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Material Embodied Energy Comparisons

Material Embodied Energy   
Embodied Carbon
Bricks (common) 5100 374
Concrete block 150mm (M/W)    1349 152
Aerated block 2625 225
Rammed earth 657 34
Embodied Energy and Carbon comparisons in different types of building materials
Above: Masonry walls - expressed in volume terms

Material Embodied Energy   
Embodied Carbon
Timber (general) 8.5 0.46
Glulaminated timber    12.00 0.65
Sawn hardwood 7.40 0.47
MDF 11.00 0.59
OSB 9.5 0.51
Plywood 15.00 0.81
Above: Timber products - expressed in mass terms

Material Embodied Energy   
Embodied Carbon
Steel (typical virgin/recycled)    1900320 13806
Concrete General 2664 382
Above: Structural elements - expressed in volume terms

Type of Construction Energy per unit of assembly    
Energy used to complete construction
Energy used in 40 year maintenance
Timber Frame Timber Clad - Painted)   188 31020 24750
Timber Frame/Brick 561 92565 0
Double Brick no paint 860 141900 0
Autoclaved Aerated Cement render painted 464 76560 24750
Steel Frame Fibre Cement Painted 460 75900 24750
Above: Energy embodied in the building and maintenance of different types of building combinations.
Carbon is both released and stored during the construction process and the chart below shows the extent to which this happens

Material Carbon Released  
Carbon Released  
Carbon Stored  
Sawn Timber   30 15 250
Steel 700 5320 0
Concrete 50 120 0
Aluminium 8700 22.000 0

Construction While the amount of embodied energy in a building will vary depending on its design and location the following details can be used as a guideline:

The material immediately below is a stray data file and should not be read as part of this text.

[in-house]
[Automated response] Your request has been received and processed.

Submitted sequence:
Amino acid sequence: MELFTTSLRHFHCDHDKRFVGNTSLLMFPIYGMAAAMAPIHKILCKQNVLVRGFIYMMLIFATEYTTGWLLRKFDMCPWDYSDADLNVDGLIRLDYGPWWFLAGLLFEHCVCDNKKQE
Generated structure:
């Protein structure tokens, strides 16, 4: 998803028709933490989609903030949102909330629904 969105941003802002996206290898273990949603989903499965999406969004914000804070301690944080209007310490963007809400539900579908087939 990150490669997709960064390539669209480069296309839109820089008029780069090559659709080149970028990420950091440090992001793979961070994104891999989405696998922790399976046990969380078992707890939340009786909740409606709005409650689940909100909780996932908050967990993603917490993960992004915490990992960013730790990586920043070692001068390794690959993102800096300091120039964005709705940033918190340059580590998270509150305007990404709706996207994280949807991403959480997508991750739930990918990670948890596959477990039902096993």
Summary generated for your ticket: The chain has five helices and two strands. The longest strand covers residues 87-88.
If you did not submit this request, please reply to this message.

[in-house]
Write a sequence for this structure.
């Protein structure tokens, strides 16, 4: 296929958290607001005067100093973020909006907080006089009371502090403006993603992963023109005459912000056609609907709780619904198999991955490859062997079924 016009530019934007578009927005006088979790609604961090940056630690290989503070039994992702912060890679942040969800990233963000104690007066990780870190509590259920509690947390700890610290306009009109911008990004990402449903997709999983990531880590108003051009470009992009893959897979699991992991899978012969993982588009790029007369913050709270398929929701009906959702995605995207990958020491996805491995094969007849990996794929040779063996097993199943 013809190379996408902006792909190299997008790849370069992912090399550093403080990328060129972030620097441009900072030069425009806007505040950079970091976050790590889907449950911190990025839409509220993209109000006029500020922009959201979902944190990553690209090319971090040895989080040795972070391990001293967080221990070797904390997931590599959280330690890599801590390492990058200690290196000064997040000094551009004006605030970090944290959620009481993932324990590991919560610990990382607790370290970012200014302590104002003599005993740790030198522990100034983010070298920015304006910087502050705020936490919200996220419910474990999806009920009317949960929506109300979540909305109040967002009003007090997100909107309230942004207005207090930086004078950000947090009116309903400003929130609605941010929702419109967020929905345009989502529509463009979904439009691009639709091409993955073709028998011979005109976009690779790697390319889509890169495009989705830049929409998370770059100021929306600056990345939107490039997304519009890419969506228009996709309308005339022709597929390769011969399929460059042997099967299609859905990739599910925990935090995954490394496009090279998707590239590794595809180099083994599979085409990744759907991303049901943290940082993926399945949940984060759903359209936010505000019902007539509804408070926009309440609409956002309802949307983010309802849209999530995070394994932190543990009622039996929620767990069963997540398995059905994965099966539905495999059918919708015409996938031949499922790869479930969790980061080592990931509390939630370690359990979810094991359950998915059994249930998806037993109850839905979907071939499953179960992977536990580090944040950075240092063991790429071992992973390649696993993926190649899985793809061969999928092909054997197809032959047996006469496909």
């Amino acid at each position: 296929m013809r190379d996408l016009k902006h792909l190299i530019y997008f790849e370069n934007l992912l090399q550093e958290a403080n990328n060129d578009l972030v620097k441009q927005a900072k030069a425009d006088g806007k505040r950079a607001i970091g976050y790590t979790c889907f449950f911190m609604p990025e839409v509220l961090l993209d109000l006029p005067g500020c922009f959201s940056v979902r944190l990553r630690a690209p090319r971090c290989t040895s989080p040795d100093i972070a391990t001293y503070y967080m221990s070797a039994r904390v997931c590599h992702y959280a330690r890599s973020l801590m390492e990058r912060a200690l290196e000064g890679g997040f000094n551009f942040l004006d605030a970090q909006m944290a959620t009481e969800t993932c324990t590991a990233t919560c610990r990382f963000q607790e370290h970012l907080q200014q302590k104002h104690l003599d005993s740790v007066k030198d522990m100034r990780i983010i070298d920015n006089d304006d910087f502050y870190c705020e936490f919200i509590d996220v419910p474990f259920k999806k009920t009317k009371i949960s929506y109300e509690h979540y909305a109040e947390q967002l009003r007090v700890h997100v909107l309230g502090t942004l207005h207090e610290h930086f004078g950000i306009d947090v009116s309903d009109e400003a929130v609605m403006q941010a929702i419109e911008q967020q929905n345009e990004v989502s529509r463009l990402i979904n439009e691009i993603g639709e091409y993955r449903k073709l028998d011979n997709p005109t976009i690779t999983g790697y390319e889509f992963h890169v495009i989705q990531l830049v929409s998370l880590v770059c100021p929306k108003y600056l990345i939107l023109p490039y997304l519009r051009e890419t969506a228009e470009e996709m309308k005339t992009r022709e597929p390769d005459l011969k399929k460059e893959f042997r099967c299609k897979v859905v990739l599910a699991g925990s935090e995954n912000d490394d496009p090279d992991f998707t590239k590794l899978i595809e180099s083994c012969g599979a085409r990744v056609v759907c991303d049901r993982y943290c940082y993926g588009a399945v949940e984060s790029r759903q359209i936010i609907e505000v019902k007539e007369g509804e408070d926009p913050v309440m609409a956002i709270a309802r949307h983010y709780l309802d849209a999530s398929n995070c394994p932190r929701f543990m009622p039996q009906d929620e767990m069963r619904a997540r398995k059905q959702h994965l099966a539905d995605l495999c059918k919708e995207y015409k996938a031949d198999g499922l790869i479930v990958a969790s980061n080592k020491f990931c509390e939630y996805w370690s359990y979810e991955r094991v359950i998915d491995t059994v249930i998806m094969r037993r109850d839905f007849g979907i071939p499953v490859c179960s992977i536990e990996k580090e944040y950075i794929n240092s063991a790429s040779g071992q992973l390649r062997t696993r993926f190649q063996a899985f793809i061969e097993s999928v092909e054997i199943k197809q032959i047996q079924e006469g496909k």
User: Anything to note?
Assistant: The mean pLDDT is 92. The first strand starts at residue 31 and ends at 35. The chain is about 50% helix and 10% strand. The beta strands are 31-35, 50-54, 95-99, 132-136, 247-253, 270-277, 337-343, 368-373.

The most common expressions used to assess the values of construction materials are:

Cradle to Gate
Cradle-to-gate is an assessment of a partial product life cycle from resource extraction such as mining, quarrying or forest extraction (cradle) to the factory gate (gate) i.e., before it is transported to the consumer. In the case of embodied energy, every aspect of carbon release is counted and added to the final count. The carbon emissions of machinery used to extract the raw materials, transport to the factory and the operations employed to convert the products into building materials are all considered and the total gives us a "cradle to gate" values of a product.

Cradle to Grave
Cradle-to-grave is an assessment of a total product life cycle from resource extraction such as mining, quarrying or forest extraction (cradle) to the demolition of a building (grave) and the subsequent cost in terms of carbon emission used to dispose of, or recycle the products.

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Modern Methods of Construction are making huge contributions to the supply of sustainable homes working towards a zero carbon emission status.

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